There is a legend that elephant dispose of their dead in secret burial grounds and that none of them has ever been discovered.
— Beryl Markham in West with the Night
A thin layer of clouds crept over the sun, and I cursed my luck. It was just before the golden hour, and the light, instead of turning a brilliant gold, had turned watery and hellish. But then, as the wind turned, and a stench of rotten flesh hit my nose, I looked around and saw this tree full of vultures. What a moody and atmospheric shot this was, I thought, perhaps just right for the cover of a book on the Mongol invasion of the world, or perhaps the Black Death. But what we saw, as Stephen turned the Landrover upwind towards the source of the stench, was something totally unexpected.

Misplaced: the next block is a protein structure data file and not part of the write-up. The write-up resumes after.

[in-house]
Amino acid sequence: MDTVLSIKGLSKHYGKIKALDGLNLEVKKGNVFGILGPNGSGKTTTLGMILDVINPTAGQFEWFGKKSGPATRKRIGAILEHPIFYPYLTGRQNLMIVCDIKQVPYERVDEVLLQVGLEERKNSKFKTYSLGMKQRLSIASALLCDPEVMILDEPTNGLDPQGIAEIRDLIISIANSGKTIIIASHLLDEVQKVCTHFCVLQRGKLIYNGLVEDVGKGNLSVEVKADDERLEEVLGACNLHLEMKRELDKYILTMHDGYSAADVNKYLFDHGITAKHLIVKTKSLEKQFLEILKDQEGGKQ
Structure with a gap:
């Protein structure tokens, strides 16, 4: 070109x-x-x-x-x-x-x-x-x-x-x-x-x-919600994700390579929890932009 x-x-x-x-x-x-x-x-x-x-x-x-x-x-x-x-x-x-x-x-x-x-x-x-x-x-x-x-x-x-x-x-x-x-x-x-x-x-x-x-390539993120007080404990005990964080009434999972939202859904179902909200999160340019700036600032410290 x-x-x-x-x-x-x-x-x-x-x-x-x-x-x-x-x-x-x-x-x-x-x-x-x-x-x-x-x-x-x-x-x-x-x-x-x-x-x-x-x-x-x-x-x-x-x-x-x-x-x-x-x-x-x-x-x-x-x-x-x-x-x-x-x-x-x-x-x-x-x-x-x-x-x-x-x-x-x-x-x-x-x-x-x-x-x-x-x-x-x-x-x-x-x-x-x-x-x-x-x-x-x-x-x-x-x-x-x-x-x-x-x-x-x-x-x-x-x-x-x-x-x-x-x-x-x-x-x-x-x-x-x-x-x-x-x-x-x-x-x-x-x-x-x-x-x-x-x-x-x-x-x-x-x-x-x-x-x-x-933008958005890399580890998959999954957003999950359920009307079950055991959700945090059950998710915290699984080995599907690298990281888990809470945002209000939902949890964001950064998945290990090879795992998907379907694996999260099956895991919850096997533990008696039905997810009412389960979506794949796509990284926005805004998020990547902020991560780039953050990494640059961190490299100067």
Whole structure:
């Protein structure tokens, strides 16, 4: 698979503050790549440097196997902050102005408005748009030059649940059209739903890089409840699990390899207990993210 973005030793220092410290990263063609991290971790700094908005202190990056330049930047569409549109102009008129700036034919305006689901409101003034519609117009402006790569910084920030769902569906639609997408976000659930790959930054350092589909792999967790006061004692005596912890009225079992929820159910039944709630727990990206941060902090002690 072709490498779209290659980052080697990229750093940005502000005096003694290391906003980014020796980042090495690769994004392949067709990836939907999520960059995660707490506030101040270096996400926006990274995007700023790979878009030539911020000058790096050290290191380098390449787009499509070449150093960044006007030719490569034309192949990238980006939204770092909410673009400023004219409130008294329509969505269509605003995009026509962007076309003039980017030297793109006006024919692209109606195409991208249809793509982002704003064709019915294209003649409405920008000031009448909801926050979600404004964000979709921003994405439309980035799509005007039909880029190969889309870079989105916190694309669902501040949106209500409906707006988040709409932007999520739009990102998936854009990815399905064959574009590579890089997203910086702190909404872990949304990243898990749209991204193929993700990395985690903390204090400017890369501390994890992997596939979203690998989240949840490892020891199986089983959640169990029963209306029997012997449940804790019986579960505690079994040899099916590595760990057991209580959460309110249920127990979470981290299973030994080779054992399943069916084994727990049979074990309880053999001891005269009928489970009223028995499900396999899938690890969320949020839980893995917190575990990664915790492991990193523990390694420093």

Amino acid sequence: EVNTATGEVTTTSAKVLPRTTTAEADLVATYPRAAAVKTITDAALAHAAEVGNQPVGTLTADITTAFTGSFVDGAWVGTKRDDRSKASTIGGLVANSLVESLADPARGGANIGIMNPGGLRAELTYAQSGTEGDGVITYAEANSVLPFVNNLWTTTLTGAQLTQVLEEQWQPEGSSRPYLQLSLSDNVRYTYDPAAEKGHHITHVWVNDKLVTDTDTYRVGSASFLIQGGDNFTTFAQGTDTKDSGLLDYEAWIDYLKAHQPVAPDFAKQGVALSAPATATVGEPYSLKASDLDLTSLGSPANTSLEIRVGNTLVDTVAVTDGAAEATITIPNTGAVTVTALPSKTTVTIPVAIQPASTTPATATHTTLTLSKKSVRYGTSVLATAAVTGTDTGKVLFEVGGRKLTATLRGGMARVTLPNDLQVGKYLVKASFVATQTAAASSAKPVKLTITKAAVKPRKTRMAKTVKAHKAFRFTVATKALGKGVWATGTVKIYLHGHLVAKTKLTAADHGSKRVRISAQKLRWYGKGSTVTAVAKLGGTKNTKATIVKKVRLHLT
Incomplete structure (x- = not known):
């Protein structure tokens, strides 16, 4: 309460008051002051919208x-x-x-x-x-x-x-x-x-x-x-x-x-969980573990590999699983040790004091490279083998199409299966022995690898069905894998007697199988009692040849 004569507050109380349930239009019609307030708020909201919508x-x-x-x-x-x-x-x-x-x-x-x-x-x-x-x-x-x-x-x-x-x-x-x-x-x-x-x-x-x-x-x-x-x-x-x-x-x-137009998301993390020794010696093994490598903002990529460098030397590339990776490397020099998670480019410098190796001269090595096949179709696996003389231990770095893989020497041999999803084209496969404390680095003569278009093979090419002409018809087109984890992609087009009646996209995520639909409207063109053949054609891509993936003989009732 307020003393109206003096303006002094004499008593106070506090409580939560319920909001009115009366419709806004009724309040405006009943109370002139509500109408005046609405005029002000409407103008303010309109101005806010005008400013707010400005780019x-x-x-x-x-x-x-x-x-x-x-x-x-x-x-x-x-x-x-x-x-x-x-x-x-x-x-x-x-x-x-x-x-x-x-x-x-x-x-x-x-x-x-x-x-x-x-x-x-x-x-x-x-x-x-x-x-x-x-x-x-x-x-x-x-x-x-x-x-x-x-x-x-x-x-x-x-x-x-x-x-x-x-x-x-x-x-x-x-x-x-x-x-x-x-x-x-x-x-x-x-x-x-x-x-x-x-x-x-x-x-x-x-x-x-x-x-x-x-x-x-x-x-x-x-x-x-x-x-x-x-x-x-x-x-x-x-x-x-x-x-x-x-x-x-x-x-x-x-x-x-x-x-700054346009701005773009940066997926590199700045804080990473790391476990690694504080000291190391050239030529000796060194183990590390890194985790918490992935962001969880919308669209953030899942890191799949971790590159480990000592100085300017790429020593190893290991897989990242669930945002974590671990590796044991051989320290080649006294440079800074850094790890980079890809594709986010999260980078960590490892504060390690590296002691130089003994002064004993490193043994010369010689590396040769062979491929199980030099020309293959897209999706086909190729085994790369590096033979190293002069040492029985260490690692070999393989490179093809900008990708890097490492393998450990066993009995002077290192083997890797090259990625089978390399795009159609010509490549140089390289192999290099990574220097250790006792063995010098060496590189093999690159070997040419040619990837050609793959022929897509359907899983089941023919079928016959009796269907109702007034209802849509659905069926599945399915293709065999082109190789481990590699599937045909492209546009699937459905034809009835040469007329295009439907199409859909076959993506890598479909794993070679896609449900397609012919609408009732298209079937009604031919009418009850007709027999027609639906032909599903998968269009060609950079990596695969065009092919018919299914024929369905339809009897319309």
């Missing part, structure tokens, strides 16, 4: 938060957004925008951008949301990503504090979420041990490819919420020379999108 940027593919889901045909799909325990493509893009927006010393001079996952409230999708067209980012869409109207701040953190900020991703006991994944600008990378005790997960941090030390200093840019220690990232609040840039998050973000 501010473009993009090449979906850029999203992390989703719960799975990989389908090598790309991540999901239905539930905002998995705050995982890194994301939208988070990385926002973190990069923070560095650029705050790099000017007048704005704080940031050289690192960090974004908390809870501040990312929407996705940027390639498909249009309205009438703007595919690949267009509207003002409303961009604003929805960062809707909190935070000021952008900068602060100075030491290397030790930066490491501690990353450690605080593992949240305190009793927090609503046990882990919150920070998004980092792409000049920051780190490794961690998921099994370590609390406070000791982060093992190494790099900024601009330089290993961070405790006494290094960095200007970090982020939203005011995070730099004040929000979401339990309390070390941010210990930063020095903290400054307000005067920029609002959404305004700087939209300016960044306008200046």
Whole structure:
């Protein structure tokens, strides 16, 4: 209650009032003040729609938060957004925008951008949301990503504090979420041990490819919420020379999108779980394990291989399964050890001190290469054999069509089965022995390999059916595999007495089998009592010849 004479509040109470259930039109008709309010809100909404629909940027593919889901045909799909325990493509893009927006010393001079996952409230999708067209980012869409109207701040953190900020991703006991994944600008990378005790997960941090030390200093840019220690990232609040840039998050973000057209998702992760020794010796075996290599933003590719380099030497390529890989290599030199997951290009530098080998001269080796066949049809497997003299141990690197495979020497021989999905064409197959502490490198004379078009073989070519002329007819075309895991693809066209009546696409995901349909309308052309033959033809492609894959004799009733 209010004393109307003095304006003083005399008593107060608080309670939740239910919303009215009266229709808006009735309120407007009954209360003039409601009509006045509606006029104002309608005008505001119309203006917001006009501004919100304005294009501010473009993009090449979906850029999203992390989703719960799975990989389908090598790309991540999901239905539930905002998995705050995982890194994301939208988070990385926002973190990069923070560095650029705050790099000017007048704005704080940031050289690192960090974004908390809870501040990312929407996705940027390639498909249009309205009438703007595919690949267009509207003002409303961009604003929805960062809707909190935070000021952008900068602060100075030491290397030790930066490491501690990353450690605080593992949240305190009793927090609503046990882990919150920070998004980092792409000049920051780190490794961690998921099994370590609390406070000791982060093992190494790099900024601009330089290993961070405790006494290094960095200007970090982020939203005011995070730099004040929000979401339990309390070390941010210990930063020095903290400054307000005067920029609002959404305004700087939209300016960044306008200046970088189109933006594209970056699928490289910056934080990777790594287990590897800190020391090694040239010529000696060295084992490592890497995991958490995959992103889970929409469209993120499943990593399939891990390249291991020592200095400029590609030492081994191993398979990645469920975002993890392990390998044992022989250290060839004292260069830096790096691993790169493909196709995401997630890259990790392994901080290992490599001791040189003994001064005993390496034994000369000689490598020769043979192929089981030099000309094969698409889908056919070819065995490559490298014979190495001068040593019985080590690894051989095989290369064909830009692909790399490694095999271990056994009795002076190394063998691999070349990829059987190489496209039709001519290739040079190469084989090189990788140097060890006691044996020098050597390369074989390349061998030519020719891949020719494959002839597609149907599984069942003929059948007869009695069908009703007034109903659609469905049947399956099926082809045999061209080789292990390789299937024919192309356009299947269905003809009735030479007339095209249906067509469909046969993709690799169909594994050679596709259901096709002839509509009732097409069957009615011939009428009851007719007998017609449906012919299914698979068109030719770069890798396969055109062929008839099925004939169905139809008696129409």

The story of Tarzan of the Apes involves an elephant graveyard and its treasure of ivory. We know today that stories of elephant graveyards were just myths. But even the scale of a single dead elephant boggles the mind if you ever come across it. Every species of scavenging bird we’d seen in the Mara triangle seemed to be here in large numbers. As we watched a large white-backed vulture emerged from under the skin of the cadaver. It was clear that we had arrived very late. The mammal scavengers had already come and gone. The stench told us that bacteria had started breaking down the flesh. After the birds, insects would arrive to clear the little that remained. The elephant had almost completed the cycle of nature, returning its flesh to the rest of the ecosystem.